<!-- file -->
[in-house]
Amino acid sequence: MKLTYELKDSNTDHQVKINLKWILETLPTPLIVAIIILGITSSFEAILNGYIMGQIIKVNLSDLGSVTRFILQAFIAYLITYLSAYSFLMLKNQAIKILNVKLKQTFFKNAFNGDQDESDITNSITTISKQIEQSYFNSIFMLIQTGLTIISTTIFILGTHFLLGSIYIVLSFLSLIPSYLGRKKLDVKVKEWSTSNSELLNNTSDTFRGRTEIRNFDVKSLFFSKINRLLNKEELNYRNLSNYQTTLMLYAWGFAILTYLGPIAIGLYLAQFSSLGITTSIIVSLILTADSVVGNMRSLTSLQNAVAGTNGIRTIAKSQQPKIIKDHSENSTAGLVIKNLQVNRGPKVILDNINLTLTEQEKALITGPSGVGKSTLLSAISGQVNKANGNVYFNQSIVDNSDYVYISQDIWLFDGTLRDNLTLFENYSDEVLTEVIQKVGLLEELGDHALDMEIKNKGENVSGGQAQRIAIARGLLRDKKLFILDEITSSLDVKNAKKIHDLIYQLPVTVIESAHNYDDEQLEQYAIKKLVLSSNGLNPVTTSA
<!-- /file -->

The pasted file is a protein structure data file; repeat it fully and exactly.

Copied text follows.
[in-house]
Amino acid sequence: MKLTYELKDSNTDHQVKINLKWILETLPTPLIVAIIILGITSSFEAILNGYIMGQIIKVNLSDLGSVTRFILQAFIAYLITYLSAYSFLMLKNQAIKILNVKLKQTFFKNAFNGDQDESDITNSITTISKQIEQSYFNSIFMLIQTGLTIISTTIFILGTHFLLGSIYIVLSFLSLIPSYLGRKKLDVKVKEWSTSNSELLNNTSDTFRGRTEIRNFDVKSLFFSKINRLLNKEELNYRNLSNYQTTLMLYAWGFAILTYLGPIAIGLYLAQFSSLGITTSIIVSLILTADSVVGNMRSLTSLQNAVAGTNGIRTIAKSQQPKIIKDHSENSTAGLVIKNLQVNRGPKVILDNINLTLTEQEKALITGPSGVGKSTLLSAISGQVNKANGNVYFNQSIVDNSDYVYISQDIWLFDGTLRDNLTLFENYSDEVLTEVIQKVGLLEELGDHALDMEIKNKGENVSGGQAQRIAIARGLLRDKKLFILDEITSSLDVKNAKKIHDLIYQLPVTVIESAHNYDDEQLEQYAIKKLVLSSNGLNPVTTSA